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Reputation Management

Defamatory Content Removal: Learn Your Options

May 1, 2017 by · Leave a Comment 

If your reputation has been harmed by untrue posts that defame you or your business, you may feel like your options are limited. Here, ReputationStars.com discusses some of the industry’s best reputation repair tricks you can use to make things right.

Social Media

The basis of good reputation management involves a strong social media presence. Make sure you maintain your accounts on the main websites, like Facebook, YouTube and Twitter, and that you own profile pages on niche networks like Pinterest.

Request Removal

You should always request removal of your content, especially if you have won a legal case trying to get it taken down. Just be aware that the success rate for this kind of removal is very low.

DMCA

If any of the content being discussed on the site is content you own, you can have it taken down from the website or from Google with a DMCA. Digital Millenium Copyright Act protects your information, and the intellectual property you own.

Find Out Removal Guidelines

If you’re dealing with a site like Yelp, read the terms of service carefully. You may find some posts that violate those terms, and can petition to have them removed.

Court Ordered Removals

If you sue John Doe, you can get a default judgment because no one will appear to defend the charges. Then, you can take that judgment to Google and have your content removed.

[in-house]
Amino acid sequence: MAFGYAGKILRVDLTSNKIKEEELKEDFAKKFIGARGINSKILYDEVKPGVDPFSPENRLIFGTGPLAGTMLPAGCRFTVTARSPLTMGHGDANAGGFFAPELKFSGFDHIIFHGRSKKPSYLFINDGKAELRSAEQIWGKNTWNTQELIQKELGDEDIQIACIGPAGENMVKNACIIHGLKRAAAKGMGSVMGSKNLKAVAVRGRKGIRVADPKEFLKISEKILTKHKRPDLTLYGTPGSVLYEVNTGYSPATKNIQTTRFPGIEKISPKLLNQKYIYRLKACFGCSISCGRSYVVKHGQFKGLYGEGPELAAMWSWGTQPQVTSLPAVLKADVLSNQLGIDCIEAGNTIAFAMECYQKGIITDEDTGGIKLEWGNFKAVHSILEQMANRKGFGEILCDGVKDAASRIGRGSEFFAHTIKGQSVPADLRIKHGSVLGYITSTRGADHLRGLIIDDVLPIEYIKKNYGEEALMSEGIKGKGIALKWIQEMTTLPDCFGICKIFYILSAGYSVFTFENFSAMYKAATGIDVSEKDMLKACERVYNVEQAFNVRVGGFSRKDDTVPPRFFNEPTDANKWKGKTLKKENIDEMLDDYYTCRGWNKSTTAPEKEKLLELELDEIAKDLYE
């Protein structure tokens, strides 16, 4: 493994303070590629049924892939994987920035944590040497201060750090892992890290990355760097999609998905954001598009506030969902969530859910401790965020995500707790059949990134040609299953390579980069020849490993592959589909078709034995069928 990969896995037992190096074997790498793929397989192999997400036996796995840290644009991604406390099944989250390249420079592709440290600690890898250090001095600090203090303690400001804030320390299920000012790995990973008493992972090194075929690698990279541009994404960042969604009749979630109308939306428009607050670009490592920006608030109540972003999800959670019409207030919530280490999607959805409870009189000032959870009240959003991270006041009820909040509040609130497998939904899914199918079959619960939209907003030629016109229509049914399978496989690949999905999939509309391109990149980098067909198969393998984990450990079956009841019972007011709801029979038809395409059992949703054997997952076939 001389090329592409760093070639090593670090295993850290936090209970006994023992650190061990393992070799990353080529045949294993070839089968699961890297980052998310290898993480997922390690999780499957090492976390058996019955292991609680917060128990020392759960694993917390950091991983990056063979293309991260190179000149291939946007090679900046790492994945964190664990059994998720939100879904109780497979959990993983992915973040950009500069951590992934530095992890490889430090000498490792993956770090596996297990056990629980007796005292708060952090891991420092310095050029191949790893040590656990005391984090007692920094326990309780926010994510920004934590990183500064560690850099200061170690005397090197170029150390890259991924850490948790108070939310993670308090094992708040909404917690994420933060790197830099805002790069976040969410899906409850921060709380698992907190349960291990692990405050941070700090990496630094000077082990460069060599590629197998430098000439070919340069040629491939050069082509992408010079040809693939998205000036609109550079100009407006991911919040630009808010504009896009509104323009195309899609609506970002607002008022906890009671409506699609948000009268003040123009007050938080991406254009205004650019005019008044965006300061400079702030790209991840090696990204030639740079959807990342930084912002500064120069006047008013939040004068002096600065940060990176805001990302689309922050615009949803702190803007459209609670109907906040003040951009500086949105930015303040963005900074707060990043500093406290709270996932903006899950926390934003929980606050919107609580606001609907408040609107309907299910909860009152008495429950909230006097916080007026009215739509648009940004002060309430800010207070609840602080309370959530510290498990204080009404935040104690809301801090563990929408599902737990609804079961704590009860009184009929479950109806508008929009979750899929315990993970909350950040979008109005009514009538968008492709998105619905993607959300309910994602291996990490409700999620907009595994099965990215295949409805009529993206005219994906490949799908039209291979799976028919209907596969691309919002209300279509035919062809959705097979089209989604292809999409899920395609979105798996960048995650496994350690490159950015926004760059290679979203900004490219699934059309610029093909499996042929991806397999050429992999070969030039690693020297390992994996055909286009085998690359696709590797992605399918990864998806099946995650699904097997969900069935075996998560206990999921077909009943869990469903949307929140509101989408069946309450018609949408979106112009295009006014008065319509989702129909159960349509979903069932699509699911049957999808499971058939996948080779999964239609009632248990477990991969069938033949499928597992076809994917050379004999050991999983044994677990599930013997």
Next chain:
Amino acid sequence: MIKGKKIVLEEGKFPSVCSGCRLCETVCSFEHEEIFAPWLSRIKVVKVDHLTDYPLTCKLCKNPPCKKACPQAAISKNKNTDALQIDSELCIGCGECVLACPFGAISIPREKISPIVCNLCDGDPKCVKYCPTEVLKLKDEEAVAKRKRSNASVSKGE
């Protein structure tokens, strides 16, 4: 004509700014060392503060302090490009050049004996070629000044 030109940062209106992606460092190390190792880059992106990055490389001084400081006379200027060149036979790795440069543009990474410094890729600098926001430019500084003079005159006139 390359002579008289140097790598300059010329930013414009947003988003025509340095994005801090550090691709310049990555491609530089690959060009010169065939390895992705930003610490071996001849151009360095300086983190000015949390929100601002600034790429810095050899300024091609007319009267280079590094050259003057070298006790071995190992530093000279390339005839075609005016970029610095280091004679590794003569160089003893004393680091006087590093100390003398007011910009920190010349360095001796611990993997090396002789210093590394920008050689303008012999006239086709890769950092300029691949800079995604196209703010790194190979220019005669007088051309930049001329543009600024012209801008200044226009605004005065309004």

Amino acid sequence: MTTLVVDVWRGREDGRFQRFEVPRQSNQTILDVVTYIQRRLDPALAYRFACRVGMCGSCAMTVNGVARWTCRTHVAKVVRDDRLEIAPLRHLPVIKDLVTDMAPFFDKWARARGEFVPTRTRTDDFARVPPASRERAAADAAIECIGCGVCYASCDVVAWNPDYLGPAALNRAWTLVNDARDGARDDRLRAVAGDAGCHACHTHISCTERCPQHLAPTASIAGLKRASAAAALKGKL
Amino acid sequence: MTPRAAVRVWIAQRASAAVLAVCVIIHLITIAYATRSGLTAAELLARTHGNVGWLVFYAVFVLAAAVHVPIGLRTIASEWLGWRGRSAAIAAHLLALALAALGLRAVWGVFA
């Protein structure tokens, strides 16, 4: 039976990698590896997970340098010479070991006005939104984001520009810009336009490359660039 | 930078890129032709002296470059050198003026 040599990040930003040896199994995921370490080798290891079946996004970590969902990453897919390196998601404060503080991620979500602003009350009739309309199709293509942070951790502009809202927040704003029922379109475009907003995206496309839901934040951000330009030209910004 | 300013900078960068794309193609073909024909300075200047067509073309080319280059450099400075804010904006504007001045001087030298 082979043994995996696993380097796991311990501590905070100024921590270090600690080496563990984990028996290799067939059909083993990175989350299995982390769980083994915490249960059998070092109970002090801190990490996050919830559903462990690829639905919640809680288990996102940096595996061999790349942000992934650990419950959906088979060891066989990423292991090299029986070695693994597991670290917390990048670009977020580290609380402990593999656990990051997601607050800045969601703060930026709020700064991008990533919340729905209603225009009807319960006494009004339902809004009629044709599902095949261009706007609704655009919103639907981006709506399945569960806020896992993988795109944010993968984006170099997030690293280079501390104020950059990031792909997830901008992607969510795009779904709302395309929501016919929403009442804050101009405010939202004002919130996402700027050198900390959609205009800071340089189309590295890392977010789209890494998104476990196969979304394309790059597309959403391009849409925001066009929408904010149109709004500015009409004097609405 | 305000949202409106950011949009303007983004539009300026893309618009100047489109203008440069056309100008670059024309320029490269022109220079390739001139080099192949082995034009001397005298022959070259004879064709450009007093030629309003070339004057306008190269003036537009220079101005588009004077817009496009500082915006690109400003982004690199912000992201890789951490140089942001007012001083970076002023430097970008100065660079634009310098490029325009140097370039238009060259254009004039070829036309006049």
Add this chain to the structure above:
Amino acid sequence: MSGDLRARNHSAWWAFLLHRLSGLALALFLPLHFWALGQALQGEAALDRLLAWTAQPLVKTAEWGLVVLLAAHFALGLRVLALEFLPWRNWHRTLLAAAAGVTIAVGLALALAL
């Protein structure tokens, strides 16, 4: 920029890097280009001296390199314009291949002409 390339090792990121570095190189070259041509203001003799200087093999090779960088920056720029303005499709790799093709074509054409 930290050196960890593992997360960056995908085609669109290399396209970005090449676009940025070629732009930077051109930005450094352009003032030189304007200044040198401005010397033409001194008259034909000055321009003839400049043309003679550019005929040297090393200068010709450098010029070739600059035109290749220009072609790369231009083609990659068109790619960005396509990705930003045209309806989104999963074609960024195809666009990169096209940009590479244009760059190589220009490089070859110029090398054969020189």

Consult a Reputation Management Firm

Reputation repair is always a good option if you are unsuccessful using other means. They can also guarantee long-term protection against further harm.

Should You Register “.Sucks” Domains?

March 25, 2015 by · Leave a Comment 

Article written by Pierre Zarokian of Reputation Stars.

dot sucks 2At present, companies need to manage public relations as part of their marketing efforts. It’s quite different from how marketing was in the past. Customer feedback had been measured primarily through product evaluation and market testing. Today, customer complaints occur on Facebook, on blogs or in the short messages on Twitter. This is fairly harmless in many cases, but .sucks domain names endanger reputation management, SEO and public relations for any business regardless of size.

Reputation Threats

At the moment, the favored sites customers utilize to release their frustrations include Yelp, PissedConsumer, ScamBook, Complaints.com and ComplaintsBoard. These sites are prominent simply because people can post content anonymously. This creates an opening for individuals to defame whatever brand name for their own gain. These websites usually position highly in Google and other search engines, which means that the issue does not simply vanish by itself.

With .sucks websites, businesses might want to consider whether it is worthwhile to own that Web property or take the chance that their brand name will survive whatever possible disputes may come. There is a short time period approaching where ICANN will let larger companies and superstars invest in their .sucks URL, and accessibility will be available to everyone after that. Still, these organizations have bigger wallets and additional data on managing these types of concerns.

This is quite comparable to the danger that the “.porn” website URL disaster began. Harvard, Microsoft and other significant businesses and professionals instantly registered for their .porn domain because of the possible hazard that leaving the url unclaimed could cause.

Don’t risk your reputation on hope. The suffix “.sucks” is coming, are you going to be proactive about managing your reputation before that happens?


 

Article was written by Pierre Zarokian of Reputation Stars. Check out their website to learn about reputation management services and to read some great articles.